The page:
State Rep. Juan Garcia moves to deliver on a promise.
Corpus Christi first-term Rep. Juan Garcia scored a coup this afternoon as colleagues agreed to his proposal that the House hold record votes on all legislation and that member-by-member results be promptly posted online so constituents can more easily monitor their representatives.
Garcia, a Democrat who had campaigned vowing to seek recorded votes on all measures, noted that commercial services already make vote results ready instantly to customers.
Critics of more public votes have said they would allow political opponents to create a record against legislators and slow down the legislative process.
The House just adopted, without objection, a provision to require recorded votes on all second readings - unless they suspend the rules. That's a huge step from what they were originally going to do, which was requiring them on final passage (meaning that the bills that die don't get a record vote).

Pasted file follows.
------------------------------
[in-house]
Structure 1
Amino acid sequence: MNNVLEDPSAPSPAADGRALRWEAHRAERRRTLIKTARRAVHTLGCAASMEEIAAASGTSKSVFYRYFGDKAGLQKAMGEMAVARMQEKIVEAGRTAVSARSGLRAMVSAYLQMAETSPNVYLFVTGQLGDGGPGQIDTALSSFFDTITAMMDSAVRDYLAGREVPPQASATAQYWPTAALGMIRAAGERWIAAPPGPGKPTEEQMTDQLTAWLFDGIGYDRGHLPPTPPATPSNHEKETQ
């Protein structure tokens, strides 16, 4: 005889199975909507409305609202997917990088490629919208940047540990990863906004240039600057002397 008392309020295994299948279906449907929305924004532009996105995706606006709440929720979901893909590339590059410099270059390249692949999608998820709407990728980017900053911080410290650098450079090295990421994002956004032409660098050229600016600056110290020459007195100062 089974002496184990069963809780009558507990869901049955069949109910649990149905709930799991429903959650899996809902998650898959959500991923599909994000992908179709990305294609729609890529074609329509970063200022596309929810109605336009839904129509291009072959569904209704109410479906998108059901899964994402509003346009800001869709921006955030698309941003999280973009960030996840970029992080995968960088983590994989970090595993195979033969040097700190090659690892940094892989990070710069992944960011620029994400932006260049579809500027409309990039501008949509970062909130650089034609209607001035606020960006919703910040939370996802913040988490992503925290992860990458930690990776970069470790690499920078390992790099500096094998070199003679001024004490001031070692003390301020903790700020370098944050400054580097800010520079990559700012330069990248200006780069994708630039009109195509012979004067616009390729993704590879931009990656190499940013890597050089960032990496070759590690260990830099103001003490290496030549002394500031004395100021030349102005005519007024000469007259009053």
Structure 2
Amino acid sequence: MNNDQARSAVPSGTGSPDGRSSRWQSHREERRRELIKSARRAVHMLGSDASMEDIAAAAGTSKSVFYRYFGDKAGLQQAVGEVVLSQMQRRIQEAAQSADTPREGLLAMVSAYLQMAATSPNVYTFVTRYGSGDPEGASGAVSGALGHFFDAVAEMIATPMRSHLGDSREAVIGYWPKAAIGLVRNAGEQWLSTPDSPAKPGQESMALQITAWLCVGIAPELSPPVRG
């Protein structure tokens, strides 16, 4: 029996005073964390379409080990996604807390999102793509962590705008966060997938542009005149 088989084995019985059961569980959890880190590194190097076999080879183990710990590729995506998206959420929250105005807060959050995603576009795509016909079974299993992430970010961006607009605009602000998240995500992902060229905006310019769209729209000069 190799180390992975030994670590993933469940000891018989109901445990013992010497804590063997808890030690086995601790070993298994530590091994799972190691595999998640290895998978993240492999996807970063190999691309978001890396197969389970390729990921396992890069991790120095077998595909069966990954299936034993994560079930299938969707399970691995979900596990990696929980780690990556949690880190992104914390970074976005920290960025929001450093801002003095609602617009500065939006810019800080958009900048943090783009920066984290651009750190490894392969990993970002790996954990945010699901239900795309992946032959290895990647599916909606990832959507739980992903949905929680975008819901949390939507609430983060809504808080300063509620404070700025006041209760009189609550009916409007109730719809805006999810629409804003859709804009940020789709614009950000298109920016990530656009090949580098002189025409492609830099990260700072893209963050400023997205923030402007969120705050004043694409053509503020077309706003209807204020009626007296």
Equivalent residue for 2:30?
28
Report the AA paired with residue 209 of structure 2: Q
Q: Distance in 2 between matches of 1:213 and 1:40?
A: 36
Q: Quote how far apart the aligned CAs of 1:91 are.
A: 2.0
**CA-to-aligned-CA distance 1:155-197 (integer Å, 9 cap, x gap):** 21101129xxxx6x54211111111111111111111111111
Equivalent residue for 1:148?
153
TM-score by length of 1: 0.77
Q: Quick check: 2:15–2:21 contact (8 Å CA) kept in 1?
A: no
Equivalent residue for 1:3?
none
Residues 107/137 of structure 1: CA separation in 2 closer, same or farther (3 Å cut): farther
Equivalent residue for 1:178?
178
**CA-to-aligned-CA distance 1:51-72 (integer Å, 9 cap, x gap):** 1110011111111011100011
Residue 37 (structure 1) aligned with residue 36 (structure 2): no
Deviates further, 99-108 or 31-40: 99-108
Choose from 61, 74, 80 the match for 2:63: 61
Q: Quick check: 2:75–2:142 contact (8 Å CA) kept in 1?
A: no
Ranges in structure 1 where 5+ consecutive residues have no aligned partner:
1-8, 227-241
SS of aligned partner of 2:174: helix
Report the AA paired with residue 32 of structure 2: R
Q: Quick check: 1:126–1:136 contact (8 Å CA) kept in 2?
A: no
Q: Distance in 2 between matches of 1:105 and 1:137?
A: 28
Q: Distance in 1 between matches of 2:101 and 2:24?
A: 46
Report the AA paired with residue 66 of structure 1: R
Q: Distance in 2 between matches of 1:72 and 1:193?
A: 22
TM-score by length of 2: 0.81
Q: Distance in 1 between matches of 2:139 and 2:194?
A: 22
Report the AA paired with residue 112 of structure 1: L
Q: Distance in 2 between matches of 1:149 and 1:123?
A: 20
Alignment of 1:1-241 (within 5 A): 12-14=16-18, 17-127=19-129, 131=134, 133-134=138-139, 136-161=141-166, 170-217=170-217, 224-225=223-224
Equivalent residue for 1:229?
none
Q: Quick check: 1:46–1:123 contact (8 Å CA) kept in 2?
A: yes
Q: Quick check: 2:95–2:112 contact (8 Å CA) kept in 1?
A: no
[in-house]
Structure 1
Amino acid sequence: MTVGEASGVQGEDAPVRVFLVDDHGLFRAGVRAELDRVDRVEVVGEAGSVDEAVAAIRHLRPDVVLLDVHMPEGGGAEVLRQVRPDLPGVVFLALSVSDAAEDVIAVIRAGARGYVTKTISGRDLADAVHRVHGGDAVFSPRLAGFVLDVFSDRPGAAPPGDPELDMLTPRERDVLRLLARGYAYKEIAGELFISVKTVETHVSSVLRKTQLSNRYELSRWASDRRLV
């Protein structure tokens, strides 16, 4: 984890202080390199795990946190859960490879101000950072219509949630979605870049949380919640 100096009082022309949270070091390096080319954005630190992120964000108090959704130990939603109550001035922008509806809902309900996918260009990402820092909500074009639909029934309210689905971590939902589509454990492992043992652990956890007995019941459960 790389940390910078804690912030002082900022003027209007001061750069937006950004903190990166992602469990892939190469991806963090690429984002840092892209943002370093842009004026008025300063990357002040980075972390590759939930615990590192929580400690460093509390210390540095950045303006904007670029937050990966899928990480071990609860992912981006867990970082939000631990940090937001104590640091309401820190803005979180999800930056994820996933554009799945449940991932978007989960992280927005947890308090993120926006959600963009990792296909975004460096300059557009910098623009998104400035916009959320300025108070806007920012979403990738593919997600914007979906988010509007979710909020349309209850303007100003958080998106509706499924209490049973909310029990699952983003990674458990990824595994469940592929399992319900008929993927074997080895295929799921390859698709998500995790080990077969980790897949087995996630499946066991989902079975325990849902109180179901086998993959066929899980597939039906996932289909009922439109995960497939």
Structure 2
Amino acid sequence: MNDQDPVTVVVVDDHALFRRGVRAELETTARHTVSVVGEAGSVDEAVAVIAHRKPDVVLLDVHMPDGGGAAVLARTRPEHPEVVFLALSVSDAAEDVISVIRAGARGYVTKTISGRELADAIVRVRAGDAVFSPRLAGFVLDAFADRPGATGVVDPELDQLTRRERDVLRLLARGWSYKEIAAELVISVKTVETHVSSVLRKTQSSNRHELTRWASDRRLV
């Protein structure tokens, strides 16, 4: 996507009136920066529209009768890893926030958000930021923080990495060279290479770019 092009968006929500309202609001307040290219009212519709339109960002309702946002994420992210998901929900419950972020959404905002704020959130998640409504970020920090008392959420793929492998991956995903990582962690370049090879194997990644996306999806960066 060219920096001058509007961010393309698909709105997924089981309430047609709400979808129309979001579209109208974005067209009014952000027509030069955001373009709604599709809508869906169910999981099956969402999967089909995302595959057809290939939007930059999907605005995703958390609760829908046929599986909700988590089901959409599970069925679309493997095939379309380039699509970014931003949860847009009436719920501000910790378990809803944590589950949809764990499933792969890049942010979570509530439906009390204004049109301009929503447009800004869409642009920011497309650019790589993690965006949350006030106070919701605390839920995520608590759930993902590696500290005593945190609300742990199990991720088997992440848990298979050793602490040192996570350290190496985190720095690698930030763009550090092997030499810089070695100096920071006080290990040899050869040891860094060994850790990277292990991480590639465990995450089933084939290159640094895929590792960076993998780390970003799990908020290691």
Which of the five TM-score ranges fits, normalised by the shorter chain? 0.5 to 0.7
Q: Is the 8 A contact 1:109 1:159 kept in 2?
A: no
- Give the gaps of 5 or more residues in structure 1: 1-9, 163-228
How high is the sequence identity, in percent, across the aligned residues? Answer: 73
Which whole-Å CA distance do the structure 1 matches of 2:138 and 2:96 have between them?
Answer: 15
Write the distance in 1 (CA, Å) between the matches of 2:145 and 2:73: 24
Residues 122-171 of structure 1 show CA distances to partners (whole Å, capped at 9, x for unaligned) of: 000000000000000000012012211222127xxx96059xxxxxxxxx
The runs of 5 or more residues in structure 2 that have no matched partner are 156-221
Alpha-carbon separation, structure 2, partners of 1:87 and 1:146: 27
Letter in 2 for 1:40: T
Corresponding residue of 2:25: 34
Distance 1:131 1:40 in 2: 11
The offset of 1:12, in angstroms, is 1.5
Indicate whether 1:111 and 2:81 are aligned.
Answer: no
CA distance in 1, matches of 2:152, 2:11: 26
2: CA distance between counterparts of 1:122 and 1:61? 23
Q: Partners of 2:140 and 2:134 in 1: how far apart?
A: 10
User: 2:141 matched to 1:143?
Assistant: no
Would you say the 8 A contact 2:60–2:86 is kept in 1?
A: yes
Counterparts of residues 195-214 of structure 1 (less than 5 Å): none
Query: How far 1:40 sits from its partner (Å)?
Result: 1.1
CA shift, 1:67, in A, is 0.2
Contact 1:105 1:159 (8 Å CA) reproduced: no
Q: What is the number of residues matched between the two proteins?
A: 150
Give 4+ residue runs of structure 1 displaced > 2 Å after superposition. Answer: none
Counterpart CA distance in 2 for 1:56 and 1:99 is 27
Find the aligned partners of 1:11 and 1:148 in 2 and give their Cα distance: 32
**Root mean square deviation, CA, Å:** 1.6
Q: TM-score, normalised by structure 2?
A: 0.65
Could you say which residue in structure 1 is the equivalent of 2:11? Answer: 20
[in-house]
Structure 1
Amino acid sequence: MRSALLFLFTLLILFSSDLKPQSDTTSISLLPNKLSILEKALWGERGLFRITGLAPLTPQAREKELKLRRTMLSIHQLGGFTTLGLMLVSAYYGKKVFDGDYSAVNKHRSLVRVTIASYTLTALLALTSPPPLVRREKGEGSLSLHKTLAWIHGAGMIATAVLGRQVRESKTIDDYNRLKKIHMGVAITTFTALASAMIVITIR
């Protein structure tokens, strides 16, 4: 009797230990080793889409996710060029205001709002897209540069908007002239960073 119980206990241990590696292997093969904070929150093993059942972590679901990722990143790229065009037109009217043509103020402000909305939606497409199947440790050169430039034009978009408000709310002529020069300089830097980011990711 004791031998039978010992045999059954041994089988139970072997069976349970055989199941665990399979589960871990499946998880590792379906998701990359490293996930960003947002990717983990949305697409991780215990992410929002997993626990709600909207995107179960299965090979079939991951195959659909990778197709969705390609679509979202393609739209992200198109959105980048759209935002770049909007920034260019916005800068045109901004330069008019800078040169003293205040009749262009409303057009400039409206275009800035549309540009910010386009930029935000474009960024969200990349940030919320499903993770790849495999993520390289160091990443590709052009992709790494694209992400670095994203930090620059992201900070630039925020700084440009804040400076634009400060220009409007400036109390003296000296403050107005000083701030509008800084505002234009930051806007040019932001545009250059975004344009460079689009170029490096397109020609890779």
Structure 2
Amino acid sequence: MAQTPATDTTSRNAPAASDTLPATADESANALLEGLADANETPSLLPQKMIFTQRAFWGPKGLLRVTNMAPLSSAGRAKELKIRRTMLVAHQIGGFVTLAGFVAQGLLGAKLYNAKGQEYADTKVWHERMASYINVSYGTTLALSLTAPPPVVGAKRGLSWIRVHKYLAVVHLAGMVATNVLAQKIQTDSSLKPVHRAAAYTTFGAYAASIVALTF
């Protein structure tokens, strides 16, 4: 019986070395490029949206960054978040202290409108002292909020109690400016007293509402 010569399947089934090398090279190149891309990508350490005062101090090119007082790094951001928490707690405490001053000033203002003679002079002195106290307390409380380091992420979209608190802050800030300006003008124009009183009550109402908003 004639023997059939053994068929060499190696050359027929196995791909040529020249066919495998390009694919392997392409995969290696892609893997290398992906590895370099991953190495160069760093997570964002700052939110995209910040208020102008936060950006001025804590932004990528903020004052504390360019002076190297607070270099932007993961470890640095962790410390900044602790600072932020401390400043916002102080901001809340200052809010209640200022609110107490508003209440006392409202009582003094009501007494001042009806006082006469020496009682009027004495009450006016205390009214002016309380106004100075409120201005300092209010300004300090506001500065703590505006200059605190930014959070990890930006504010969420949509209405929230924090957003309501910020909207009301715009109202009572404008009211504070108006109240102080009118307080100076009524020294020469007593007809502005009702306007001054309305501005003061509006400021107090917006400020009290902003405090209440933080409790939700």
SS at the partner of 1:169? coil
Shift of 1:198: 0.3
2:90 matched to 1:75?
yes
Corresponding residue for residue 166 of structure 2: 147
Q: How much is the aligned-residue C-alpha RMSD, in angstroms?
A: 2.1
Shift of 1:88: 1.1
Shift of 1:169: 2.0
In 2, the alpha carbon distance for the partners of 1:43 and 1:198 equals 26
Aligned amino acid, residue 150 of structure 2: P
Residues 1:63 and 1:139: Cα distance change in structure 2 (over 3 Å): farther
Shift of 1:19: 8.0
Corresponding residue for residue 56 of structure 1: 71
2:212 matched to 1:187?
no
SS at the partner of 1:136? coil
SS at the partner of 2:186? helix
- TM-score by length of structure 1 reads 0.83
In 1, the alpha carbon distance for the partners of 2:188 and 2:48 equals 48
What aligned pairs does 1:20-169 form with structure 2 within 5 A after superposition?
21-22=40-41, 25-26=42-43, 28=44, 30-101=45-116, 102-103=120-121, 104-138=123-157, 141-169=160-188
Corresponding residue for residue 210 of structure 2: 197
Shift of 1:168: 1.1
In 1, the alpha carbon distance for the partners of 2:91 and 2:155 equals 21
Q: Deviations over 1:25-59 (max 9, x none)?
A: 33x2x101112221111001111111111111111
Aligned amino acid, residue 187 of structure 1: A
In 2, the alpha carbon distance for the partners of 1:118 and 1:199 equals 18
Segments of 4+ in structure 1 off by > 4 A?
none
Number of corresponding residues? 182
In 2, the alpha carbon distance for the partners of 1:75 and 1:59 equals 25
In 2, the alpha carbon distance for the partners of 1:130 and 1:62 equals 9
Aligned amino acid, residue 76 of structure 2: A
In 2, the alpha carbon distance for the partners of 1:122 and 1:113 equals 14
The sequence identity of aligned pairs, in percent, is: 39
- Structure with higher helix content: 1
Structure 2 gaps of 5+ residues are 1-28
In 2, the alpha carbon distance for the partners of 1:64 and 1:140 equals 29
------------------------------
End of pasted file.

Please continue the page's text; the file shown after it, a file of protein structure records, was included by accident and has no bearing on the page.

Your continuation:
It seemed awfully easy. Too easy. Turns out, it was.
Reps didn't realize, after amendment and discussion, what they were voting on. They thought Rep. Juan Garcia, D-Corpus Christi, had whittled his original proposal down to just the final passage, with votes available on the internet within the hour. Everybody thought he'd cut out the second-passage provision.
So it's being reconsidered.
So they're going to actually read the amendment and vote again.